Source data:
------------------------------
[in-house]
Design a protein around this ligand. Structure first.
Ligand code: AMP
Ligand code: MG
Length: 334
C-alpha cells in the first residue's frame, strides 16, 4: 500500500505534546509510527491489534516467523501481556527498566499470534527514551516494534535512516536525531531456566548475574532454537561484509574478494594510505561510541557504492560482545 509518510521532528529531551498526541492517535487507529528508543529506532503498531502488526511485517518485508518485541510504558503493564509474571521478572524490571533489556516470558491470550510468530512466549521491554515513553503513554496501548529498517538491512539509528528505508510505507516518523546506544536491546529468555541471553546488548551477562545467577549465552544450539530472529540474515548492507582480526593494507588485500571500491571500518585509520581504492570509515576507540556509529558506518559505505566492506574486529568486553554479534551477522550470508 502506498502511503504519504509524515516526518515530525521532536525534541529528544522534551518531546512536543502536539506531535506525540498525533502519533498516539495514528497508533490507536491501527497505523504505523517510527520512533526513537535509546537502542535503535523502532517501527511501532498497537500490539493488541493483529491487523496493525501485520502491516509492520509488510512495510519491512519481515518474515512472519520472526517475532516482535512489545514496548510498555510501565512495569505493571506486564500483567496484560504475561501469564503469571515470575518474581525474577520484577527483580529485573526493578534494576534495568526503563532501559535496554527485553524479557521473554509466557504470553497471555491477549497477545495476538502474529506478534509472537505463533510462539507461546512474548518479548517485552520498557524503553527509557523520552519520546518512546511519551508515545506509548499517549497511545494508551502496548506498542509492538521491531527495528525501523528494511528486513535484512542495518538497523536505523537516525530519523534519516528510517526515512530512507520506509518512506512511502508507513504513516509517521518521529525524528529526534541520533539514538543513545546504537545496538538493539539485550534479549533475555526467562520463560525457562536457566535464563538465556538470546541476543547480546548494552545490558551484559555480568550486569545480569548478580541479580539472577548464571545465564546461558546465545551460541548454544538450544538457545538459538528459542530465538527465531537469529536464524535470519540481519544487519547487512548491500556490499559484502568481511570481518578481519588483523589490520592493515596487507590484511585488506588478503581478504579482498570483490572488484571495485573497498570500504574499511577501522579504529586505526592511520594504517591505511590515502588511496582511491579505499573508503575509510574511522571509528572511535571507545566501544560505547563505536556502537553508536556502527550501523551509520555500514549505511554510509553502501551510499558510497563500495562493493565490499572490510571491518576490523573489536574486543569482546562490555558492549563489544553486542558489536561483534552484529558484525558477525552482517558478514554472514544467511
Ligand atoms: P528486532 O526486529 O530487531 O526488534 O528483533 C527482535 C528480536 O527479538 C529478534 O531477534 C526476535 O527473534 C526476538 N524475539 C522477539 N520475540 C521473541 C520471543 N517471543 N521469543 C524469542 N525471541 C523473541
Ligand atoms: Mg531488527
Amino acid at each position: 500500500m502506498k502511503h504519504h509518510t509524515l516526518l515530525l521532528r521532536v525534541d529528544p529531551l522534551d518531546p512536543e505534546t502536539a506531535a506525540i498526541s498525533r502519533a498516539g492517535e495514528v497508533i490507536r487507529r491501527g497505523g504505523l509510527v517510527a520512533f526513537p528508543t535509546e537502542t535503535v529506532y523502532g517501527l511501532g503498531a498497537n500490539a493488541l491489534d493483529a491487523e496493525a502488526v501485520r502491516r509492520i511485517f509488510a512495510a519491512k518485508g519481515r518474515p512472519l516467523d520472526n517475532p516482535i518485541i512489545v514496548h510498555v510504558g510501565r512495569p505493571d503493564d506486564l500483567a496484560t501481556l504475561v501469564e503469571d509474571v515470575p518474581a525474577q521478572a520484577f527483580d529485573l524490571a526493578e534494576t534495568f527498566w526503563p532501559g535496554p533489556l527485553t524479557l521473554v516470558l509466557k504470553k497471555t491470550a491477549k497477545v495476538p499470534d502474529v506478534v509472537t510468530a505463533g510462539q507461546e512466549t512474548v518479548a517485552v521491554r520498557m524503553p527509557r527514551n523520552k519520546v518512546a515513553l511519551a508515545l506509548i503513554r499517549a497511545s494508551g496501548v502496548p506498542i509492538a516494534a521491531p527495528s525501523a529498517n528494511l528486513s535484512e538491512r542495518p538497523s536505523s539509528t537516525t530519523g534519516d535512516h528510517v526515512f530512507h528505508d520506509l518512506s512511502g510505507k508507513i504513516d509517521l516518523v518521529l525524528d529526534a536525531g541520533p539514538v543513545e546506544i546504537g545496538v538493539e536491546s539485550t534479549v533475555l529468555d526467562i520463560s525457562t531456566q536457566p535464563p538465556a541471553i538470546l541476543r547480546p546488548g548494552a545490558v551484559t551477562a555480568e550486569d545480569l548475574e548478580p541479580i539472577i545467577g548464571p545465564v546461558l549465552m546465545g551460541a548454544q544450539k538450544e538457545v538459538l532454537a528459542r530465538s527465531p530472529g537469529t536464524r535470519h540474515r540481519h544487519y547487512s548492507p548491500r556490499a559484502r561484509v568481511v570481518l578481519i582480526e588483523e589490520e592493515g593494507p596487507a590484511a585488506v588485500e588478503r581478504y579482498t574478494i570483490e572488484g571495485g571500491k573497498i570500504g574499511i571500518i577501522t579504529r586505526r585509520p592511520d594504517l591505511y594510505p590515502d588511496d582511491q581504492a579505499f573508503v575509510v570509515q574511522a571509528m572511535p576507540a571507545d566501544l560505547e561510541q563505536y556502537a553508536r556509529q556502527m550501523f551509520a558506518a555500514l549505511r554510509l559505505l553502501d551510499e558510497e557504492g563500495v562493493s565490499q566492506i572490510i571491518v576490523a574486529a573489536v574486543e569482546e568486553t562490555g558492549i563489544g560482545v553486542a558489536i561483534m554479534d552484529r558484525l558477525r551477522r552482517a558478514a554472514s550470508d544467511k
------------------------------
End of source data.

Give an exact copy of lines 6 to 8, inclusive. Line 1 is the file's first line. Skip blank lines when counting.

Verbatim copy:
C-alpha cells in the first residue's frame, strides 16, 4: 500500500505534546509510527491489534516467523501481556527498566499470534527514551516494534535512516536525531531456566548475574532454537561484509574478494594510505561510541557504492560482545 509518510521532528529531551498526541492517535487507529528508543529506532503498531502488526511485517518485508518485541510504558503493564509474571521478572524490571533489556516470558491470550510468530512466549521491554515513553503513554496501548529498517538491512539509528528505508510505507516518523546506544536491546529468555541471553546488548551477562545467577549465552544450539530472529540474515548492507582480526593494507588485500571500491571500518585509520581504492570509515576507540556509529558506518559505505566492506574486529568486553554479534551477522550470508 502506498502511503504519504509524515516526518515530525521532536525534541529528544522534551518531546512536543502536539506531535506525540498525533502519533498516539495514528497508533490507536491501527497505523504505523517510527520512533526513537535509546537502542535503535523502532517501527511501532498497537500490539493488541493483529491487523496493525501485520502491516509492520509488510512495510519491512519481515518474515512472519520472526517475532516482535512489545514496548510498555510501565512495569505493571506486564500483567496484560504475561501469564503469571515470575518474581525474577520484577527483580529485573526493578534494576534495568526503563532501559535496554527485553524479557521473554509466557504470553497471555491477549497477545495476538502474529506478534509472537505463533510462539507461546512474548518479548517485552520498557524503553527509557523520552519520546518512546511519551508515545506509548499517549497511545494508551502496548506498542509492538521491531527495528525501523528494511528486513535484512542495518538497523536505523537516525530519523534519516528510517526515512530512507520506509518512506512511502508507513504513516509517521518521529525524528529526534541520533539514538543513545546504537545496538538493539539485550534479549533475555526467562520463560525457562536457566535464563538465556538470546541476543547480546548494552545490558551484559555480568550486569545480569548478580541479580539472577548464571545465564546461558546465545551460541548454544538450544538457545538459538528459542530465538527465531537469529536464524535470519540481519544487519547487512548491500556490499559484502568481511570481518578481519588483523589490520592493515596487507590484511585488506588478503581478504579482498570483490572488484571495485573497498570500504574499511577501522579504529586505526592511520594504517591505511590515502588511496582511491579505499573508503575509510574511522571509528572511535571507545566501544560505547563505536556502537553508536556502527550501523551509520555500514549505511554510509553502501551510499558510497563500495562493493565490499572490510571491518576490523573489536574486543569482546562490555558492549563489544553486542558489536561483534552484529558484525558477525552482517558478514554472514544467511
Ligand atoms: P528486532 O526486529 O530487531 O526488534 O528483533 C527482535 C528480536 O527479538 C529478534 O531477534 C526476535 O527473534 C526476538 N524475539 C522477539 N520475540 C521473541 C520471543 N517471543 N521469543 C524469542 N525471541 C523473541
Ligand atoms: Mg531488527